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Markets feeling the ripples from Europe and earthquake

Acehnese residents evacuate with their motorcycles to open ground in the capital Banda Aceh after a powerful earthquake hit the western coast of Sumatra in Aceh province on April 11, 2012.

Jeremy Hobson: There were several massive earthquakes off the coast of Indonesia today, triggering tsunami warnings across the Indian Ocean. Those warnings have been cancelled and no serious damage has been reported so far.

But let's start there with Josh Brown of Fusion Analytics, who's us live as always from New York. Hi Josh.

Josh Brown: Hey, how's it going?

Hobson: Doing well. So when there's a natural disaster like this -- and this one looks like it may not be so bad -- what's an investor to do? Because obviously, we just had the tsunami in Japan a year ago, the floods in Thailand; and there were some big economic effects.

Brown: Yeah, I think if you look at Fukushima and the lingering effects of that in a lot of different markets, there definitely was an adjustment. But then there are some natural disasters that really have no impact. So I think what happens is, when pros hear that there was a natural disaster, the first thing that they try to figure out is what kind of exposure do they have -- especially if there's any kind of commodity bent to it. So I think in this case, though, we probably won't see much of a market impact, even though it's still something that people want to keep in mind.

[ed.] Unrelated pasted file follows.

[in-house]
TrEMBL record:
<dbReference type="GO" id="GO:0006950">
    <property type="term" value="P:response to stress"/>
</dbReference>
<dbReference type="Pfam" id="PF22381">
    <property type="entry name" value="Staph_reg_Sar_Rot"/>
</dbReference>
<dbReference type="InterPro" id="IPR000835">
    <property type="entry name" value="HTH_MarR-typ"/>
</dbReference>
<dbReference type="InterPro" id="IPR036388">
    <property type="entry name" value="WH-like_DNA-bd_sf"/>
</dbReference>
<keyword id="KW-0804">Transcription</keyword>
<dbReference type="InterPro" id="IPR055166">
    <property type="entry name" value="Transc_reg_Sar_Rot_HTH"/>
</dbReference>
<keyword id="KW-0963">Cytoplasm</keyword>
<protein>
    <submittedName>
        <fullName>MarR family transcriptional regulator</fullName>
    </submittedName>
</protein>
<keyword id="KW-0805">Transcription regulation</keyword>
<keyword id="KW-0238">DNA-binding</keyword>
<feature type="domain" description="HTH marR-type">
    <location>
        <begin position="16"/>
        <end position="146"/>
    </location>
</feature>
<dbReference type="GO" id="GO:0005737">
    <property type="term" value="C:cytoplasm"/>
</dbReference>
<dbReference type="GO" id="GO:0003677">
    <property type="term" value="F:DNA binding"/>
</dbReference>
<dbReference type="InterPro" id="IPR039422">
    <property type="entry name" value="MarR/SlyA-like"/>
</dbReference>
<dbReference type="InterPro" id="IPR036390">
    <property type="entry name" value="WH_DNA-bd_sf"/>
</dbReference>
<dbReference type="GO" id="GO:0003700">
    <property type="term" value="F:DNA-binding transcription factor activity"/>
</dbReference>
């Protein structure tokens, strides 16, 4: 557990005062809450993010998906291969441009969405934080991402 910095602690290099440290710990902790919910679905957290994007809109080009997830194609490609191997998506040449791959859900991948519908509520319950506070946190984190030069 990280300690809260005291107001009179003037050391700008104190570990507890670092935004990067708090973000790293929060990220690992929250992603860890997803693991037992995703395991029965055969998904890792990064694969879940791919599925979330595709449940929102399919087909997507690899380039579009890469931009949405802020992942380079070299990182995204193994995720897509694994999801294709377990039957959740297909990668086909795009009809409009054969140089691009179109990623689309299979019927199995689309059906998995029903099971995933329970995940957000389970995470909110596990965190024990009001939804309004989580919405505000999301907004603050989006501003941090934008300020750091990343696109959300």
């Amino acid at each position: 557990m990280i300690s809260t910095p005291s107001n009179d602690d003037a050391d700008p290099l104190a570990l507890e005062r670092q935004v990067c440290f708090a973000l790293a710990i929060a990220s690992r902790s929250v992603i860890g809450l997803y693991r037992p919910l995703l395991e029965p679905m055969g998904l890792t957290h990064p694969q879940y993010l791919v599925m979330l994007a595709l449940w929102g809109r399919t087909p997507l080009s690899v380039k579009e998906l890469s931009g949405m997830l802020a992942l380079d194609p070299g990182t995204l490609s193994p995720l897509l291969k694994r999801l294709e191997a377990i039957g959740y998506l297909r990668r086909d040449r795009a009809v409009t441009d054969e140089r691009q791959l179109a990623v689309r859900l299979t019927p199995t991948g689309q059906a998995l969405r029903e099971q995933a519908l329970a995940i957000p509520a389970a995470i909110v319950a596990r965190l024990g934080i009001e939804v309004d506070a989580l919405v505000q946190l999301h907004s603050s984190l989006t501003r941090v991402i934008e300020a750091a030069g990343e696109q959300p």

Hobson: Well it seems like the markets are watching Europe more closely right now -- what is going on there? We had a 200 point drop in the Dow yesterday.

Brown: I know, I thought we were done with that.

Hobson: Yeah.

Brown: Europe lives on; the problems are still very much around even though the ECB and Germany are acting more Fed-like in their approach, there are a lot more backstops and there's a lot more liquidity in the system. But we saw Italian and Spanish bond yields above 5 percent, and that's always vexing.

So I think the market is not so much focused on it, but it is now reacting to some extent, which it hasn't for a while. And that's a new development for 2012 -- it's really the first time Europe has captured our attention.

Hobson: Josh Brown of Fusion Analytics, thanks as always.

Brown: Thank you Jeremy.

About the author

Josh Brown is a New York City-based financial adviser at Fusion Analytics.

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